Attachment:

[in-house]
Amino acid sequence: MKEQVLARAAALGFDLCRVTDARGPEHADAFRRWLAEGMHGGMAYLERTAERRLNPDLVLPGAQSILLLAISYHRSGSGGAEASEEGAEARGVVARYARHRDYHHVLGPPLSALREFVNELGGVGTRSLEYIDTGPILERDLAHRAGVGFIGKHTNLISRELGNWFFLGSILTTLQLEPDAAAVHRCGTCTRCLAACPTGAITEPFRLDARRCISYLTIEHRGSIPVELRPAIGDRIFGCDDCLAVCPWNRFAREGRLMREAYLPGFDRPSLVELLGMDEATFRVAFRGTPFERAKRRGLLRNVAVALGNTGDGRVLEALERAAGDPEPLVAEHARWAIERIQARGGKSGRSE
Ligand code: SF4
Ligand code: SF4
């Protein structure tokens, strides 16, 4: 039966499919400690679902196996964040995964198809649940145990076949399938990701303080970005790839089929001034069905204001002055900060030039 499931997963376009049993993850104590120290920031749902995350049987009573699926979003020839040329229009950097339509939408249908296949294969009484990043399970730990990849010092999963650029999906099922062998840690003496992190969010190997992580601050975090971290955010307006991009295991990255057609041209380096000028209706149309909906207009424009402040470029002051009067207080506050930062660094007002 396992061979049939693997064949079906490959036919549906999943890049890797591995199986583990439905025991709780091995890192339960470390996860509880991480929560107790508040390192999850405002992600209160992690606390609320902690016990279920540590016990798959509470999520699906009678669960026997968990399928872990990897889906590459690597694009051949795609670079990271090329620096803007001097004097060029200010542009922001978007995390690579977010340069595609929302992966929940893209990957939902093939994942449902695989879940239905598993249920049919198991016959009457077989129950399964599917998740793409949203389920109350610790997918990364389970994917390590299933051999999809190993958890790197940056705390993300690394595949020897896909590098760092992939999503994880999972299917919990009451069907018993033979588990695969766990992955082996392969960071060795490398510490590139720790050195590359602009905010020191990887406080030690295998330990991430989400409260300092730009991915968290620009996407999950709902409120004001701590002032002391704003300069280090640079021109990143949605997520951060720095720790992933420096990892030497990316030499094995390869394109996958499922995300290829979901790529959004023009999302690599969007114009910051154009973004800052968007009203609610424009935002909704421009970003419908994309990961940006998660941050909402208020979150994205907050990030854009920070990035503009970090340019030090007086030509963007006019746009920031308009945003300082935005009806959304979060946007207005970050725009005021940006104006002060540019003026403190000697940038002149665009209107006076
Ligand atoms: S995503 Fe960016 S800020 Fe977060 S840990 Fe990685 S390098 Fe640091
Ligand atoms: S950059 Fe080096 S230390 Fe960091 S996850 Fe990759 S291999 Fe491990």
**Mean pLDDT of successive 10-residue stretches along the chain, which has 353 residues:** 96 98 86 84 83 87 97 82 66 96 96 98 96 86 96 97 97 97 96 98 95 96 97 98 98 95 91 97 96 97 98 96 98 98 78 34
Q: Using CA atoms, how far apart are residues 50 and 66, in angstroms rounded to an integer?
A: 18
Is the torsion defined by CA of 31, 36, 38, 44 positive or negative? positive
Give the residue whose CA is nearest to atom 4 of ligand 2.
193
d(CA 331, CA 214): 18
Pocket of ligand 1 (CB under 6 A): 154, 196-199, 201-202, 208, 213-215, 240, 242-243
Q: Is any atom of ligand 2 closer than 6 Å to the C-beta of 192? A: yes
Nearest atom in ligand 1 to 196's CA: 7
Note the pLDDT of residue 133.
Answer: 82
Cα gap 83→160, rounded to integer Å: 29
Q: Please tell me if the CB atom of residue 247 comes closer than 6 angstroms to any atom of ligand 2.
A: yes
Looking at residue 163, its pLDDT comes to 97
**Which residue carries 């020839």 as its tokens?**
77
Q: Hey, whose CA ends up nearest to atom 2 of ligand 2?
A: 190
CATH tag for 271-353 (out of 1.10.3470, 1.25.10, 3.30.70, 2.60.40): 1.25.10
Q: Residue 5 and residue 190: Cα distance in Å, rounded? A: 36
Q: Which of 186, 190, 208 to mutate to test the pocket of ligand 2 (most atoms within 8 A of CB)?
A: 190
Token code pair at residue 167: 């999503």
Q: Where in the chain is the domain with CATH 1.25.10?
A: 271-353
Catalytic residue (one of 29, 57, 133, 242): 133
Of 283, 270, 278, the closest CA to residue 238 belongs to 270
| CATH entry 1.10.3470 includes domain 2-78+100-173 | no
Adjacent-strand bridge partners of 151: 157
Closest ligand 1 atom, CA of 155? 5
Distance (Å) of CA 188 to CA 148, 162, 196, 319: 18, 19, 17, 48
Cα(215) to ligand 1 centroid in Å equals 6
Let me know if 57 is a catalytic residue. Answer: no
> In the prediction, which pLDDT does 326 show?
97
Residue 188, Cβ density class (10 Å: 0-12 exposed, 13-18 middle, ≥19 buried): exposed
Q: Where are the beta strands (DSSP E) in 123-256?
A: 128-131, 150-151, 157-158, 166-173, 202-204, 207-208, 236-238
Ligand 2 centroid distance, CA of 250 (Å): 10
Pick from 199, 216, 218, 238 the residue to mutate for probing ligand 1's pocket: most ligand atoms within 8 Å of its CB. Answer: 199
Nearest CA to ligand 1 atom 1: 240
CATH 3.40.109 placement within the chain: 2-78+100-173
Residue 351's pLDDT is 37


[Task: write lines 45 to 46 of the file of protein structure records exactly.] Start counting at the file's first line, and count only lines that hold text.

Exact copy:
Residue 188, Cβ density class (10 Å: 0-12 exposed, 13-18 middle, ≥19 buried): exposed
Q: Where are the beta strands (DSSP E) in 123-256?